Hazing News

Blood Pinning: New Mexico

The Associated Press

ROSWELL, N.M.—The New Mexico Military Institute has suspended two cadets for hazing first-year students in a ritual dubbed “blood bars.”NMMI public information officer Carl Hansen said that because of privacy laws, the school will not reveal the identities of the cadets suspended last Friday and Wednesday.

Last week’s hazing centers around metal pins signifying a student’s status as a yearling, Hansen said.

The Roswell Daily Record reported that the bar-shaped pins, about an inch long with two sharp metal prongs, are pushed into the skin of a cadet’s chest. The pins are then slapped and twisted.

Hansen said it’s not uncommon for as many as five older cadets to take turns striking the pin.

The investigation is continuing and any other cadets found to have participated in hazing will face similar disciplinary action, he said.

The suspended cadets have the option of reapplying to the school, Hansen said.

NMMI won’t tolerate hazing, said the commandant of cadets, Brig. Gen. Richard Geraci.

“Physical hazing is much too serious and dangerous, both for the cadet doing the hazing and the person being hazed, for me and NMMI to turn a blind eye,” he said.

Hansen said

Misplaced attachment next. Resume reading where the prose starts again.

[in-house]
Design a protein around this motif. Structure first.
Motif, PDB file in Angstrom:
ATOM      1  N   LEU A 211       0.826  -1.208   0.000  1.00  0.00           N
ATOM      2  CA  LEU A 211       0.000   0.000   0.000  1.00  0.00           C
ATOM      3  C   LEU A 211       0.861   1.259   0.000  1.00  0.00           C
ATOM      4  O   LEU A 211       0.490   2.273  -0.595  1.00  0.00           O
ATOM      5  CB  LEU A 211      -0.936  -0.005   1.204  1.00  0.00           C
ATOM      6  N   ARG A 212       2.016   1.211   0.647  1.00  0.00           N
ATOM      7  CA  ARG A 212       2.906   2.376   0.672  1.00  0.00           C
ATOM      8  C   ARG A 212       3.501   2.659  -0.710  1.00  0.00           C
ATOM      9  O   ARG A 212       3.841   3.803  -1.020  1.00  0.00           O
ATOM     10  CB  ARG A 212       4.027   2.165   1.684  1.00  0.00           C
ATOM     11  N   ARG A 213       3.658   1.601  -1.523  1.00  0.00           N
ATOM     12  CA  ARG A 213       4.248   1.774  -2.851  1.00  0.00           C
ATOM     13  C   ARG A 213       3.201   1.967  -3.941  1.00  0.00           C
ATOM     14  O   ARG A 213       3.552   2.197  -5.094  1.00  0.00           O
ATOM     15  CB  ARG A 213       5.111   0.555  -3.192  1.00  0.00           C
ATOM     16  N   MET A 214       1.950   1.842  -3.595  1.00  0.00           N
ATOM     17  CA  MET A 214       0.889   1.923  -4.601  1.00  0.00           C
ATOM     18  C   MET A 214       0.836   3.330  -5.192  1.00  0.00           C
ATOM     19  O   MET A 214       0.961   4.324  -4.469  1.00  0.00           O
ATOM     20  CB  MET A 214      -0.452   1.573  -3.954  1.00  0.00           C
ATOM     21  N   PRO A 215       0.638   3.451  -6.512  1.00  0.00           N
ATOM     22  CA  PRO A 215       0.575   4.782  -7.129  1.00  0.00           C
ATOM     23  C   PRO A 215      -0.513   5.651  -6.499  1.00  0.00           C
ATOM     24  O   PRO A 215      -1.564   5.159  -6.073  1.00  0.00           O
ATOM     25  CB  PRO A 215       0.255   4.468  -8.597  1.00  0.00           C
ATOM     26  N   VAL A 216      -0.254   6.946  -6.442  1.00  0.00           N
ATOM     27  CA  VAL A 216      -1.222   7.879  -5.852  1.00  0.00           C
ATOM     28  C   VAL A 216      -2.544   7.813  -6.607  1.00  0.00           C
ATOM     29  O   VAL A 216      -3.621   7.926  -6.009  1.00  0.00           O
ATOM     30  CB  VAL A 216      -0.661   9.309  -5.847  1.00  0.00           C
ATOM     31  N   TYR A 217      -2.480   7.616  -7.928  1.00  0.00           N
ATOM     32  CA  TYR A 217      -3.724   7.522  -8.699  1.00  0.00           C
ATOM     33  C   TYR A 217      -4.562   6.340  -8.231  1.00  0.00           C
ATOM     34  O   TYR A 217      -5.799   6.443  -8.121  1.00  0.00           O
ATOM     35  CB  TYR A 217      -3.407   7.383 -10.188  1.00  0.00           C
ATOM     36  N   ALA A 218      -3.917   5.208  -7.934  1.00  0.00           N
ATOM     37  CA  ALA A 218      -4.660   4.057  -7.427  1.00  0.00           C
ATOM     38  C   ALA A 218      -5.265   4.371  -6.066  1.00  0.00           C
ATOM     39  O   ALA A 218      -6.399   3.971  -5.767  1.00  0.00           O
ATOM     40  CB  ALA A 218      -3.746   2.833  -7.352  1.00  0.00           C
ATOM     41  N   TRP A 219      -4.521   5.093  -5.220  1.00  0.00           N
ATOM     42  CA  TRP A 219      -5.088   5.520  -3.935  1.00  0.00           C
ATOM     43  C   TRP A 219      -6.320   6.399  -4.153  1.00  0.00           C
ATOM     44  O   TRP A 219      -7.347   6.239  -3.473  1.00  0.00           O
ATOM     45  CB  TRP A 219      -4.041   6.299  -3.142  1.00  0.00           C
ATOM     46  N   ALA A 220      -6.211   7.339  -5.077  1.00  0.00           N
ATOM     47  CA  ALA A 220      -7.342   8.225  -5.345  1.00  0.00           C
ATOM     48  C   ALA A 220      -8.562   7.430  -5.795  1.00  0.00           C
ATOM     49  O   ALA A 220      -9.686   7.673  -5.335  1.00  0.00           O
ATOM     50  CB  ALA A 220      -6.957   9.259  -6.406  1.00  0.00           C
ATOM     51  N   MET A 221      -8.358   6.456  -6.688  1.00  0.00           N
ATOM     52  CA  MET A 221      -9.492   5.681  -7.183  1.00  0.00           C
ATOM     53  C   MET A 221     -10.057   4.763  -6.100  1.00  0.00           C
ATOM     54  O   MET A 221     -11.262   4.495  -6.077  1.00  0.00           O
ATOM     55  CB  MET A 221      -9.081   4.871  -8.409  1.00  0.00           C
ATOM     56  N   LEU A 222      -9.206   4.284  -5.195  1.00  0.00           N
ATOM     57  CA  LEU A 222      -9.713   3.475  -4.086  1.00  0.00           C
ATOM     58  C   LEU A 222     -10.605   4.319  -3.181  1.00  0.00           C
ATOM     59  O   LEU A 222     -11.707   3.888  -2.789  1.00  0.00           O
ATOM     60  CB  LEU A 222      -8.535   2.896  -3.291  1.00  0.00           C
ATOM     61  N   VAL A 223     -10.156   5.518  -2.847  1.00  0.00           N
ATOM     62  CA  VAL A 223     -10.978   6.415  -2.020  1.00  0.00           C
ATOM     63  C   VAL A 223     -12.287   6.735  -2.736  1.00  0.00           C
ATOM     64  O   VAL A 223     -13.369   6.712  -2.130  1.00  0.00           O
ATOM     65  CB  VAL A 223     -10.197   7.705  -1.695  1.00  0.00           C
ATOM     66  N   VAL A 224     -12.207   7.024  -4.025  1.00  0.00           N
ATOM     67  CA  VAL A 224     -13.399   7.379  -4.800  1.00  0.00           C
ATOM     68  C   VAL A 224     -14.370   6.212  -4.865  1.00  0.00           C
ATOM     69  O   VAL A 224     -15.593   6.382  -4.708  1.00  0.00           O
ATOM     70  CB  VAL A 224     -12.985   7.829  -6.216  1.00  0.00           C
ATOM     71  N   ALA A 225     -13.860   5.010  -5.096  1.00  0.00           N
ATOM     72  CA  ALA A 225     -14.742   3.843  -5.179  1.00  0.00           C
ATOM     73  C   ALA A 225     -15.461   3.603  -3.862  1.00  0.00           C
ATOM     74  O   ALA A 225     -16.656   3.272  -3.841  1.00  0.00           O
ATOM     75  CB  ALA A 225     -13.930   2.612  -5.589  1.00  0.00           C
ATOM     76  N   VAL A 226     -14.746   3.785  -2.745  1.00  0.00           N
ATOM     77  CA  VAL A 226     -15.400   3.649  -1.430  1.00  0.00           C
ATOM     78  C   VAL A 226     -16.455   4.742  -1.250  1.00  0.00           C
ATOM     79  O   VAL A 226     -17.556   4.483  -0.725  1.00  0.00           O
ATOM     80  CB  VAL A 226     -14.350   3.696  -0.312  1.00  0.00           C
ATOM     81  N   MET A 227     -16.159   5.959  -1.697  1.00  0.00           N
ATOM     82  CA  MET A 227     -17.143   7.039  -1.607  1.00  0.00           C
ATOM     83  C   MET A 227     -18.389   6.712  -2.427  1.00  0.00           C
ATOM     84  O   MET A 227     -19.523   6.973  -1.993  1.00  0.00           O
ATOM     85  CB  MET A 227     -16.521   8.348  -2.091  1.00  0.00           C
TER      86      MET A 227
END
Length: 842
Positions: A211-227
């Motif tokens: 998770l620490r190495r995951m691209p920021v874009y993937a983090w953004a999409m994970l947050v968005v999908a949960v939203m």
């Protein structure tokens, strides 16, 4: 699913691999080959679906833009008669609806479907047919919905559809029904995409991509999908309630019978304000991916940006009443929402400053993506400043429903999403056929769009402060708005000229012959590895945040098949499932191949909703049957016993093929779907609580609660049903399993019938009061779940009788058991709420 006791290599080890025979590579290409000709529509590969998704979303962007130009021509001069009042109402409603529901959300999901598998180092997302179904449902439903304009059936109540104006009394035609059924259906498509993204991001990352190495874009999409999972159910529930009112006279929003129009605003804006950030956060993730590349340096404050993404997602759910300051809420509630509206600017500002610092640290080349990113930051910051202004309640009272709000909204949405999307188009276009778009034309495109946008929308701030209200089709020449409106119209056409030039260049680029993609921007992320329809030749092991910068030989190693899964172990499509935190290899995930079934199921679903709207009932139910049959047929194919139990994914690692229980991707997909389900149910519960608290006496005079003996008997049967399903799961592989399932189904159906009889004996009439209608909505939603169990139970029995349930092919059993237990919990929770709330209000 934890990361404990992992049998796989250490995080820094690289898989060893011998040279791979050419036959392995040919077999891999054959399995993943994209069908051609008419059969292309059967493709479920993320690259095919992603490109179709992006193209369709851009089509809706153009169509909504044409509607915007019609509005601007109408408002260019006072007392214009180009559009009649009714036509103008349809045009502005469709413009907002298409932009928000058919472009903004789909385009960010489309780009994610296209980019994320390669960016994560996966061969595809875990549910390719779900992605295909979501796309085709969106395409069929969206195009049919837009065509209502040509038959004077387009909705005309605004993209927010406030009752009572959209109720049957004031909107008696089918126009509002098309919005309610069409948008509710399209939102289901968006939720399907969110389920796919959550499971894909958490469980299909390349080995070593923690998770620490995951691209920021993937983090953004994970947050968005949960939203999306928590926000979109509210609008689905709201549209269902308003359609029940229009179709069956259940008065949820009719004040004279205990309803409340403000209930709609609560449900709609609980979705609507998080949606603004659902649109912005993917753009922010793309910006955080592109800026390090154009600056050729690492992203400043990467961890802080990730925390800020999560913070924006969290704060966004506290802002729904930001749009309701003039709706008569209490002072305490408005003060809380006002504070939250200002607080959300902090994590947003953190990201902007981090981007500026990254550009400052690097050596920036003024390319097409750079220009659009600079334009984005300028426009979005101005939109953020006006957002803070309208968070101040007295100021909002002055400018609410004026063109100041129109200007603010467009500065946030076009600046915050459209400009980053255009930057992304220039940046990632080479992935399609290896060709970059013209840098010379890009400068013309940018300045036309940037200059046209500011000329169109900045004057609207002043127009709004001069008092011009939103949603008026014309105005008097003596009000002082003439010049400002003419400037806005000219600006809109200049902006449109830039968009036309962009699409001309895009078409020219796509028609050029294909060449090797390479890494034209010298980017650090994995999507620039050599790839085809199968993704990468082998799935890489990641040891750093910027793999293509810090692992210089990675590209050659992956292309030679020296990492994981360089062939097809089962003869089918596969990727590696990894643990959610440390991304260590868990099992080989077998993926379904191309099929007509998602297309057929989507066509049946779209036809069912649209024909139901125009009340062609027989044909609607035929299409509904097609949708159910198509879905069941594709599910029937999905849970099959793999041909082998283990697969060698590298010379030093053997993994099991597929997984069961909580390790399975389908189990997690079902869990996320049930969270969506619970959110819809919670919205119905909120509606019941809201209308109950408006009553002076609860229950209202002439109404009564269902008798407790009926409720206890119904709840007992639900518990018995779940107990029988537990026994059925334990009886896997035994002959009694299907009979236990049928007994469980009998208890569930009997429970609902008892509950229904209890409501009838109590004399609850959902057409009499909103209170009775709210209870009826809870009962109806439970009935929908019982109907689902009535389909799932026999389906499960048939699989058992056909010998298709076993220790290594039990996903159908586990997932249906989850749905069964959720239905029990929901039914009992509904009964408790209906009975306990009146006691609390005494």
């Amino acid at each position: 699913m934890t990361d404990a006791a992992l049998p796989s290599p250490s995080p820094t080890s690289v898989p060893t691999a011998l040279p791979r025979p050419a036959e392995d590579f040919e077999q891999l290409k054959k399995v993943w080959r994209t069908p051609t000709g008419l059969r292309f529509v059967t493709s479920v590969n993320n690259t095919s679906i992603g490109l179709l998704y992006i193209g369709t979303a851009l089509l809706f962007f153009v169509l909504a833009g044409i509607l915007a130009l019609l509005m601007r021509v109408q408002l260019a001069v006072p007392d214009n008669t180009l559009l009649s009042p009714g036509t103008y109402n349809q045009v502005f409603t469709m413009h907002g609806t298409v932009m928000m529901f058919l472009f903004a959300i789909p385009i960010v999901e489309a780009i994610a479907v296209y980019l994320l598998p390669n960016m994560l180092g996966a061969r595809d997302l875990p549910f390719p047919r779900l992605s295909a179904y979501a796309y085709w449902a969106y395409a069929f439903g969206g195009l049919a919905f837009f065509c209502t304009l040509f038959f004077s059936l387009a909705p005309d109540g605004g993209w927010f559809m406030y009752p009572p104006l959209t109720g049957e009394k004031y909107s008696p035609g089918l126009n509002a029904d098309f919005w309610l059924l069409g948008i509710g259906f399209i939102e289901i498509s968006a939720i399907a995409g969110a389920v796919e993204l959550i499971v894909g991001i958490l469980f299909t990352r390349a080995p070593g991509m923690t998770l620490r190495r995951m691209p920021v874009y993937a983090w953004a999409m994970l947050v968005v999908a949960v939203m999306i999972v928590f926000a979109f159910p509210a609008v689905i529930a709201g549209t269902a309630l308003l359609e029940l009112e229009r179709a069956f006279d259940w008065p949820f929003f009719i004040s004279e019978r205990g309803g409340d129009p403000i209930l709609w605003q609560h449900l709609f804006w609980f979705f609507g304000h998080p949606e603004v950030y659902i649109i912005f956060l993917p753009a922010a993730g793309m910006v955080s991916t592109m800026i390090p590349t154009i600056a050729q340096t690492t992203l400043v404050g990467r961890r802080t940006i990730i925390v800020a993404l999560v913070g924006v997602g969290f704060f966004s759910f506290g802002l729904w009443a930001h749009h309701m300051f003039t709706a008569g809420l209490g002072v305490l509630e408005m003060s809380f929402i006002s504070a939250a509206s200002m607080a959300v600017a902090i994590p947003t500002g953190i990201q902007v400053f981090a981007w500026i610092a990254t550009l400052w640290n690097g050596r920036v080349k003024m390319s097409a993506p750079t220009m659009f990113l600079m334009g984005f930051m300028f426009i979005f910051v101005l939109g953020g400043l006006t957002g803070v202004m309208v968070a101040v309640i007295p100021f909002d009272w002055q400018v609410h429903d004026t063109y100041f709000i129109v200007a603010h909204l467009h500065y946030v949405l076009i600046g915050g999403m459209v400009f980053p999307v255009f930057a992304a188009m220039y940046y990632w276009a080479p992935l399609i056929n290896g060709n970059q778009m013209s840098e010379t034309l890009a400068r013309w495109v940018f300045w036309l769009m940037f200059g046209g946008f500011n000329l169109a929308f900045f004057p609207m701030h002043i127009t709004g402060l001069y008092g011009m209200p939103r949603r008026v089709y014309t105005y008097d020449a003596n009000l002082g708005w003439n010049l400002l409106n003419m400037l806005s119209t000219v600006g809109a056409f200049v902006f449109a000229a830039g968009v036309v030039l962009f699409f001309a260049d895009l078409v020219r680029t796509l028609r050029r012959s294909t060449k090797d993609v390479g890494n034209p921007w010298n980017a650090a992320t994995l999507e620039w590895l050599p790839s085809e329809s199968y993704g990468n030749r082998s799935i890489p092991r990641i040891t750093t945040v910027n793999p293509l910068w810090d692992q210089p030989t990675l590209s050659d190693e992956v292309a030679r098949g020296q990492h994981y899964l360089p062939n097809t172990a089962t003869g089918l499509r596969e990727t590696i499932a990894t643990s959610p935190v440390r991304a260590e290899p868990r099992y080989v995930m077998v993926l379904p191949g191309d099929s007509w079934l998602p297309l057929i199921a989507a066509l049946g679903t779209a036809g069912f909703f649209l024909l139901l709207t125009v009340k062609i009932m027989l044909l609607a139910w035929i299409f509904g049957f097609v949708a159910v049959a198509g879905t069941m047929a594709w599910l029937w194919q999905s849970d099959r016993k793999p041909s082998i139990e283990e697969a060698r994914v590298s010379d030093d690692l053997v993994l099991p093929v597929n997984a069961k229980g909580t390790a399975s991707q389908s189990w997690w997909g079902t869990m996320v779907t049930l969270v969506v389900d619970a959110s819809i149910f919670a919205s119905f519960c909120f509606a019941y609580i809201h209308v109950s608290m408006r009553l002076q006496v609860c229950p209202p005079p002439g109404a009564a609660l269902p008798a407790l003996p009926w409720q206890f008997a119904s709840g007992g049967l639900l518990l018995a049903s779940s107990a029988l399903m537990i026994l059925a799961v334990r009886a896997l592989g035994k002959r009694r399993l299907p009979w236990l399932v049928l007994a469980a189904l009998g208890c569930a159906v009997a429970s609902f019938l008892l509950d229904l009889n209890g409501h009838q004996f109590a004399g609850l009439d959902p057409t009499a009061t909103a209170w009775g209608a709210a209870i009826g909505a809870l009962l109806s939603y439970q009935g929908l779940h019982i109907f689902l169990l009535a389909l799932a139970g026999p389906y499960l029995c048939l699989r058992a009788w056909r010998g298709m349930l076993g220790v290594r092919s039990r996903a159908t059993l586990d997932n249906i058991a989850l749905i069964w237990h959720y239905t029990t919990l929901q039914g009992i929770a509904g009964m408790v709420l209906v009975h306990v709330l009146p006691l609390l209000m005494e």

the victims of hazing are being counseled by school staff, and are being told “that this was wrong and should never have happened.”———

Information from: Roswell Daily Record,

By Hank Nuwer

Journalist Hank Nuwer is the Alaska author of Hazing: Destroying Young Lives; Broken Pledges: The Deadly Rite of Hazing, High School Hazing, Wrongs of Passage and The Hazing Reader. In April of 2024, the Alaska Press Club awarded him first place in the Best Columnist division and Best Humorist, second place.

He has written articles or columns on hazing for the Sunday Times of India, Toronto Globe & Mail, Harper's Magazine, Orlando Sentinel, The Chronicle of Higher Education and the New York Times Sunday Magazine. His current book is Hazing: Destroying Young Lives from Indiana University Press. He is married to Malgorzata Wroblewska Nuwer of Warsaw, Poland and Fairbanks, Alaska. Nuwer is a former columnist for the Greenville (Ohio)Early Bird and former managing editor of the Fairbanks Daily News-Miner in Alaska.
Nuwer was named the Ohio Society of Professional Journalists columnist of the year in 2021 for his “After Darke” column in the Early Bird. He also won third place for the column in 2022 from the Indiana chapter of the Society of Professional Journalists. He and his wife Gosia, recently of Union City, Ind., have owned 20 acres in Alaska for many years. “The move is a sort-of coming home for us,” said Nuwer. As a journalist, he’s written about the Alaskan Iditarod sled-dog race and other Alaska topics. Read his musings in his blog at Real Alaska Daily-- and in his weekly column "Far from Randolph" in the Winchester Star-Gazette of Randolph County, Indiana.

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